Baby Boomers and retirees living on a fixed income want to make sure that every penny is accounted for during their retirement. That’s why it’s important they know about their property taxes before moving into an active adult community. Property taxes are constantly changing and tend to rise over time, which can be a burden to any homeowner, even after the mortgage has been paid off. Retirees should learn how to lower their property taxes so they can save money in the long run and make their retirement income last.
1. Check for Errors
Active adult homeowners should check their property tax card for any errors that may have been made. They can go to their local assessor’s office to request a copy of their property tax card, which provides all of the information about their home.
Homeowners should check to ensure that the number of bedrooms and bathrooms, square footage, size of lot, and any improvements made over time match. Inaccuracies like the wrong number of bedrooms or square footage can cause an increase on your property tax bill as well as inflate the value of your home.
2. Review Comparable Homes in the Area
Property tax records are public information and therefore available to anyone from their local assessor's office. It’s important for homeowners to compare their home assessments with other comparable homes in their neighborhood so they know what they are up against.
Retirees should compare their home, as far as year built and square footage, to others that are in the same tax classification. If you find that your home assessment is higher than other similar homes in your neighborhood then you can submit an appeal to get a reassessment.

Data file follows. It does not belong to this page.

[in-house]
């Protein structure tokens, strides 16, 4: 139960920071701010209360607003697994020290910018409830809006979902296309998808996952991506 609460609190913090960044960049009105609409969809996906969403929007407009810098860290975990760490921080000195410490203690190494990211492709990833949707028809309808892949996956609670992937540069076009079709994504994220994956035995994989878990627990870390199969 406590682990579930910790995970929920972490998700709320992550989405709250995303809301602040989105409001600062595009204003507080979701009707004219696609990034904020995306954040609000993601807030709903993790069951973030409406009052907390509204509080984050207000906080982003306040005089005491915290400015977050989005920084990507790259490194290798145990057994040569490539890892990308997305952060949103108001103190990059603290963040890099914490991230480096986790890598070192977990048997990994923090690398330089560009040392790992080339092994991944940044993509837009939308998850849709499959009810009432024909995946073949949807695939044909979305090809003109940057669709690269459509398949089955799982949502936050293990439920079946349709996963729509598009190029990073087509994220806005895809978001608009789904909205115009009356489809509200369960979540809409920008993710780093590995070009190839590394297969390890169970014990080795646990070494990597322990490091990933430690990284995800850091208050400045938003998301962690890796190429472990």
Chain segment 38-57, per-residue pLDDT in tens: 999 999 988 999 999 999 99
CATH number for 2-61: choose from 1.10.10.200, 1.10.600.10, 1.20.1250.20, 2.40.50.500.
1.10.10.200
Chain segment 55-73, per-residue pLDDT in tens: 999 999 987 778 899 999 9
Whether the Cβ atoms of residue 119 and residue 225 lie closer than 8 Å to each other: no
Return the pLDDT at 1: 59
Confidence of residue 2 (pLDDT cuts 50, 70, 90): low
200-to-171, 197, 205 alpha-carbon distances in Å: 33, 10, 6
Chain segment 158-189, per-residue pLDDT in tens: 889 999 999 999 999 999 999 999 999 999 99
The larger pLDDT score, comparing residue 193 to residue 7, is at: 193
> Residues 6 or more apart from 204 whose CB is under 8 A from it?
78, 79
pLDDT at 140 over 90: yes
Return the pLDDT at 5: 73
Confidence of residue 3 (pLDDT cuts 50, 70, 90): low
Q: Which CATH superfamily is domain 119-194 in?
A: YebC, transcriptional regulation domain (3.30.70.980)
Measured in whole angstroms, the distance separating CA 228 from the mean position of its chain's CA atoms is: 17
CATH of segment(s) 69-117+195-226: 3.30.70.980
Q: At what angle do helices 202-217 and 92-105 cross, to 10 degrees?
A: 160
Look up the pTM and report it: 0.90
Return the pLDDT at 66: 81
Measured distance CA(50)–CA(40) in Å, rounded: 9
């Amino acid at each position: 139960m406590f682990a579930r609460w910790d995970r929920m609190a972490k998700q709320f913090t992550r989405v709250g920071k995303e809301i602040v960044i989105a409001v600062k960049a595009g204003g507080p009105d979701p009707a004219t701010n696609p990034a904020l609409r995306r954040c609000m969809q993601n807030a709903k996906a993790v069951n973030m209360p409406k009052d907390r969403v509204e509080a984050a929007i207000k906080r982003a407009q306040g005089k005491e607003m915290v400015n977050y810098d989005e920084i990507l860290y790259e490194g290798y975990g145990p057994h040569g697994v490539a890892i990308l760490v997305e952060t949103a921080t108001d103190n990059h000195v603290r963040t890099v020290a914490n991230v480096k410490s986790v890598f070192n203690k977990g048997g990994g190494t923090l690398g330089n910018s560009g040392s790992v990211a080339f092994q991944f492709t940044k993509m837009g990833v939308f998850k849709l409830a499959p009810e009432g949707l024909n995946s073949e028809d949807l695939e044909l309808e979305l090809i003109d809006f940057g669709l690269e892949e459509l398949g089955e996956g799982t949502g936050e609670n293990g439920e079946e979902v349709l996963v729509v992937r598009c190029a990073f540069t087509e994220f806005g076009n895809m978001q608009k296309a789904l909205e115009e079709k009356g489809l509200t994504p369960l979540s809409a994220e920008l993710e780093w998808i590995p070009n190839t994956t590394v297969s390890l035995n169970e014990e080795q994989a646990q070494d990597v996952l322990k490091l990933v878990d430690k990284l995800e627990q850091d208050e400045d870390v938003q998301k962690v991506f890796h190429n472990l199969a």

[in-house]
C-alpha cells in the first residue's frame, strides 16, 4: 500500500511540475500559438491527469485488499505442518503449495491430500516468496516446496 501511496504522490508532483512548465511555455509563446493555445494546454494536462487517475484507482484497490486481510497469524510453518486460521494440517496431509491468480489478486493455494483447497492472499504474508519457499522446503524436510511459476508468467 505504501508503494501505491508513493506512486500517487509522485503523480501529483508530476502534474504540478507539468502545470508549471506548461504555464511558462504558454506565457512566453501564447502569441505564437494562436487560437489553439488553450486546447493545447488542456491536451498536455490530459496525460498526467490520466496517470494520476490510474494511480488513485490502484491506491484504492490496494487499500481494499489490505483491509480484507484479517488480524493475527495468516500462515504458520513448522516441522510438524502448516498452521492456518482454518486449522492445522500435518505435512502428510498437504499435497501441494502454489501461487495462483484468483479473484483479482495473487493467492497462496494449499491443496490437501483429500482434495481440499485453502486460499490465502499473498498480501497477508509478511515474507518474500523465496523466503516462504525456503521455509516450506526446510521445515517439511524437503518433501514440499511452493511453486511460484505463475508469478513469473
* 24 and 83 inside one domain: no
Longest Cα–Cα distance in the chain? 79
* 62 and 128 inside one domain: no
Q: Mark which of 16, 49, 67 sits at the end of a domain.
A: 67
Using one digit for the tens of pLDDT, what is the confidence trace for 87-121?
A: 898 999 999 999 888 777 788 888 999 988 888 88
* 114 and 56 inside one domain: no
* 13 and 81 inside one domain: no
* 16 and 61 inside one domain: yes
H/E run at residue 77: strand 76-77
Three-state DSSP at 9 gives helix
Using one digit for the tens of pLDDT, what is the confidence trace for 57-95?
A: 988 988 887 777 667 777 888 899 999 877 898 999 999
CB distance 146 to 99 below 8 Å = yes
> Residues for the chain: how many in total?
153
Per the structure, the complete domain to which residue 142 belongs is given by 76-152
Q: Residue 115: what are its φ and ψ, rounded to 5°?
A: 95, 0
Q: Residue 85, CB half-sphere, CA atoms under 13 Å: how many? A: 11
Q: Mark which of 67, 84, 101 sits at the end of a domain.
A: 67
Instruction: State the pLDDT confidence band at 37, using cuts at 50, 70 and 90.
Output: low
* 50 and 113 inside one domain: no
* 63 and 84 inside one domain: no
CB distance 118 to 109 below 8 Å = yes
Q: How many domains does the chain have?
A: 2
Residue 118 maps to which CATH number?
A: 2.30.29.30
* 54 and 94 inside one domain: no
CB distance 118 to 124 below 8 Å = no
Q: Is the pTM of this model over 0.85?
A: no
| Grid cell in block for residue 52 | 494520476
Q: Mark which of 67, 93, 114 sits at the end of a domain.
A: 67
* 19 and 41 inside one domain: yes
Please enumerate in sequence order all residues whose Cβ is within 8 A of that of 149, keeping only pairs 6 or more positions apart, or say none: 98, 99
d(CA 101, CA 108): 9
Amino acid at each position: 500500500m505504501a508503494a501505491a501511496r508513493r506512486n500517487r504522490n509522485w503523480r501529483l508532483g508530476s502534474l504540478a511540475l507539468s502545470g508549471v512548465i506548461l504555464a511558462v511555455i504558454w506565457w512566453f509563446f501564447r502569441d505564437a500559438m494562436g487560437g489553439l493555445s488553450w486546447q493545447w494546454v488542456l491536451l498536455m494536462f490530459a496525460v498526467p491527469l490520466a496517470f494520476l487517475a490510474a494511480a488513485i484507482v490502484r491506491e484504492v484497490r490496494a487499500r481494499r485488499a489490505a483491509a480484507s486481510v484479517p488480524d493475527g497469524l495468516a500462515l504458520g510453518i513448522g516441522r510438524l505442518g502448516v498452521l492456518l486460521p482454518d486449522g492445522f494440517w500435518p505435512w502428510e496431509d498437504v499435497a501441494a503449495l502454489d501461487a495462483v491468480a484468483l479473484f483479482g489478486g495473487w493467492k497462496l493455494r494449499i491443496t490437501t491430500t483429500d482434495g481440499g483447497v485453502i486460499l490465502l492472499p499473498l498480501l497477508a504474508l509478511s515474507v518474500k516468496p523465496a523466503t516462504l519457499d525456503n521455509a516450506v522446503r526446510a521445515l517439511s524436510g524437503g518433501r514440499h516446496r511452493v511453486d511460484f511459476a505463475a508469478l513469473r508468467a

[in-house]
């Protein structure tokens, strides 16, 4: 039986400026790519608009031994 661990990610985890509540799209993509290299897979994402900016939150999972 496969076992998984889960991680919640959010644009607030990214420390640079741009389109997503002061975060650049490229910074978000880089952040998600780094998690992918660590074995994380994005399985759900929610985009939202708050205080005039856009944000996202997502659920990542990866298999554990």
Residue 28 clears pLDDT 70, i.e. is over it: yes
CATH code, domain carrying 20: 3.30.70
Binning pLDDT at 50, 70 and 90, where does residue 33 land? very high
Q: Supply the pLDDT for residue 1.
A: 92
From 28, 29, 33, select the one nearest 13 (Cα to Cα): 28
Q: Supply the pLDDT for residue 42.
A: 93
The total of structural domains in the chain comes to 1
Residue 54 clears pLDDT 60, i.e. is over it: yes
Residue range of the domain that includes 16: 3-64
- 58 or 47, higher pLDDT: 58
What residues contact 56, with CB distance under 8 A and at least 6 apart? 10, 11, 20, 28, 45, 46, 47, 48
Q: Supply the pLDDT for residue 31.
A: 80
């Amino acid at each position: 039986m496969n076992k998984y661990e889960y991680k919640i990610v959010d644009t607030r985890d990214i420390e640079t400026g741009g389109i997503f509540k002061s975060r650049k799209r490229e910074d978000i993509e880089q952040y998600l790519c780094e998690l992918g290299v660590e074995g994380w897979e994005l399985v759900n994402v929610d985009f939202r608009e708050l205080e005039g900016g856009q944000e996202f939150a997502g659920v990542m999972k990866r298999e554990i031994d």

3. Don’t Add Structural Changes
Retirees should think twice about remodeling their home because it can increase their tax bill. Permanent or extravagant renovations like a large shed, deck, swimming pool, or adding a second floor can result in paying higher property taxes. They should research how much any new structural changes will cost them before any construction begins. They can also call their local tax department to get an estimate beforehand.
4. Guide the Tax Assessor During an Evaluation
When a tax assessor comes to evaluate your home, it’s important that you accompany them during the process. Homeowners can guide the tax assessor so they can point out both the good and bad things in the home so nothing is overlooked.
Many homeowners allow the tax assessor to walk through the house without the homeowner, and as a result the assessor may only see the good features of the home like a new fireplace, luxurious faucets, etc. They may not see that the appliances are out-of-date, the foundation has cracks, or the roof is old. Walking through your home with the tax assessor will most likely ensure that you will get the most accurate valuation.
5. Tone Down Curb Appeal You may be proud of your home's curb appeal but it turns out it may actually cause you to pay more in property taxes. Sometimes, the more attractive the home is, the more likely it will receive a higher assessed value than similar homes in the area that are less attractive. It may be better to wait to do any cosmetic or physical improvements, which could potentially impact your property tax bill, until after the tax assessor has completed their evaluation.